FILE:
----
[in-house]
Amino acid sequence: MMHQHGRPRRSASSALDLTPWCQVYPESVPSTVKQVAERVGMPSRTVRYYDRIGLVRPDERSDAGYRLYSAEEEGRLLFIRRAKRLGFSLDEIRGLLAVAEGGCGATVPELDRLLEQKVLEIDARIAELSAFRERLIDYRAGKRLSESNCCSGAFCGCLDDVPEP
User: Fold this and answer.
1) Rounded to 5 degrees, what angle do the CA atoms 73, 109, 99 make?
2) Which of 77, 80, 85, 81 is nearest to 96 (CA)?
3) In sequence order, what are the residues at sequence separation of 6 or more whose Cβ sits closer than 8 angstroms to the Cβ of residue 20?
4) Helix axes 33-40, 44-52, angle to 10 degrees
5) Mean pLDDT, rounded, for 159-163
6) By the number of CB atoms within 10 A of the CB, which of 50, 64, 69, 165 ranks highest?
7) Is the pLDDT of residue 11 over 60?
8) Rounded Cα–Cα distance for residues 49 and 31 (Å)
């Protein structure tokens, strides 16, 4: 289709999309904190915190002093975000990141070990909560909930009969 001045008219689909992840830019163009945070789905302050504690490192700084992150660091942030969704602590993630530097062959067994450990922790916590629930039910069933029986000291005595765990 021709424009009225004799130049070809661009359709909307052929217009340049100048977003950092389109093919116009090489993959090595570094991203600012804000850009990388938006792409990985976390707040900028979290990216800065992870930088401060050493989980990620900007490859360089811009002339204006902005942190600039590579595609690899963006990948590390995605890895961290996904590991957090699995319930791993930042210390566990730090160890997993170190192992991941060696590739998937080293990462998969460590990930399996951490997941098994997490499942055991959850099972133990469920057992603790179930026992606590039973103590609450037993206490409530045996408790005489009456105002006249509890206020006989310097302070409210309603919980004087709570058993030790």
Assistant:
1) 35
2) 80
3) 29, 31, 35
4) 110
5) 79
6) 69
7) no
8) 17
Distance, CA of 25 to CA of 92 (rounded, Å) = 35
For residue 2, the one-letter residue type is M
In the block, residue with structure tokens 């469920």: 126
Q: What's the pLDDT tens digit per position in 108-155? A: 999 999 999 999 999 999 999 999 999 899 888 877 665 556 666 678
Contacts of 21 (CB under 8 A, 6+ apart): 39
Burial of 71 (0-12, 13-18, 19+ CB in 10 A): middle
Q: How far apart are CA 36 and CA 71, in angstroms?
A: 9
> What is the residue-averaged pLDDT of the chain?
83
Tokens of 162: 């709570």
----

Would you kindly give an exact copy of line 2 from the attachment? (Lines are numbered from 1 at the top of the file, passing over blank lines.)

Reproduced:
Amino acid sequence: MMHQHGRPRRSASSALDLTPWCQVYPESVPSTVKQVAERVGMPSRTVRYYDRIGLVRPDERSDAGYRLYSAEEEGRLLFIRRAKRLGFSLDEIRGLLAVAEGGCGATVPELDRLLEQKVLEIDARIAELSAFRERLIDYRAGKRLSESNCCSGAFCGCLDDVPEP